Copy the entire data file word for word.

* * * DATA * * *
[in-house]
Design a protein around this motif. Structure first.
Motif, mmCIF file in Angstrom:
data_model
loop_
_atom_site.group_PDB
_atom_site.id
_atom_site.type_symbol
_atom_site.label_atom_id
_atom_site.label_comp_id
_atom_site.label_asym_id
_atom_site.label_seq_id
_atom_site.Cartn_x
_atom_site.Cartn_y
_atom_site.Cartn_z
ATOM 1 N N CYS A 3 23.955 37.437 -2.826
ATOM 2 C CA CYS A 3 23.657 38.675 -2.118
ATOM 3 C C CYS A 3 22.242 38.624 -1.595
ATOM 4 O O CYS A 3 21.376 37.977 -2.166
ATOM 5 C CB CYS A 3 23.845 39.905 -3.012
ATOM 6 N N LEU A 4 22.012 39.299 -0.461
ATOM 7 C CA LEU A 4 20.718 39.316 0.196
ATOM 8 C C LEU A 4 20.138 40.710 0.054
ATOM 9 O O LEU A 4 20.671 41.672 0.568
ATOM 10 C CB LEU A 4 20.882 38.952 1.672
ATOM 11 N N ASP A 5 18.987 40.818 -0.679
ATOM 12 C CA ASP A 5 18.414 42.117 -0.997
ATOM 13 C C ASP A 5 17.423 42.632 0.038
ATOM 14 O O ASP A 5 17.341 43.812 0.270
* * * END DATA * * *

[in-house]
Design a protein around this motif. Structure first.
Motif, mmCIF file in Angstrom:
data_model
loop_
_atom_site.group_PDB
_atom_site.id
_atom_site.type_symbol
_atom_site.label_atom_id
_atom_site.label_comp_id
_atom_site.label_asym_id
_atom_site.label_seq_id
_atom_site.Cartn_x
_atom_site.Cartn_y
_atom_site.Cartn_z
ATOM 1 N N CYS A 3 23.955 37.437 -2.826
ATOM 2 C CA CYS A 3 23.657 38.675 -2.118
ATOM 3 C C CYS A 3 22.242 38.624 -1.595
ATOM 4 O O CYS A 3 21.376 37.977 -2.166
ATOM 5 C CB CYS A 3 23.845 39.905 -3.012
ATOM 6 N N LEU A 4 22.012 39.299 -0.461
ATOM 7 C CA LEU A 4 20.718 39.316 0.196
ATOM 8 C C LEU A 4 20.138 40.710 0.054
ATOM 9 O O LEU A 4 20.671 41.672 0.568
ATOM 10 C CB LEU A 4 20.882 38.952 1.672
ATOM 11 N N ASP A 5 18.987 40.818 -0.679
ATOM 12 C CA ASP A 5 18.414 42.117 -0.997
ATOM 13 C C ASP A 5 17.423 42.632 0.038
ATOM 14 O O ASP A 5 17.341 43.812 0.270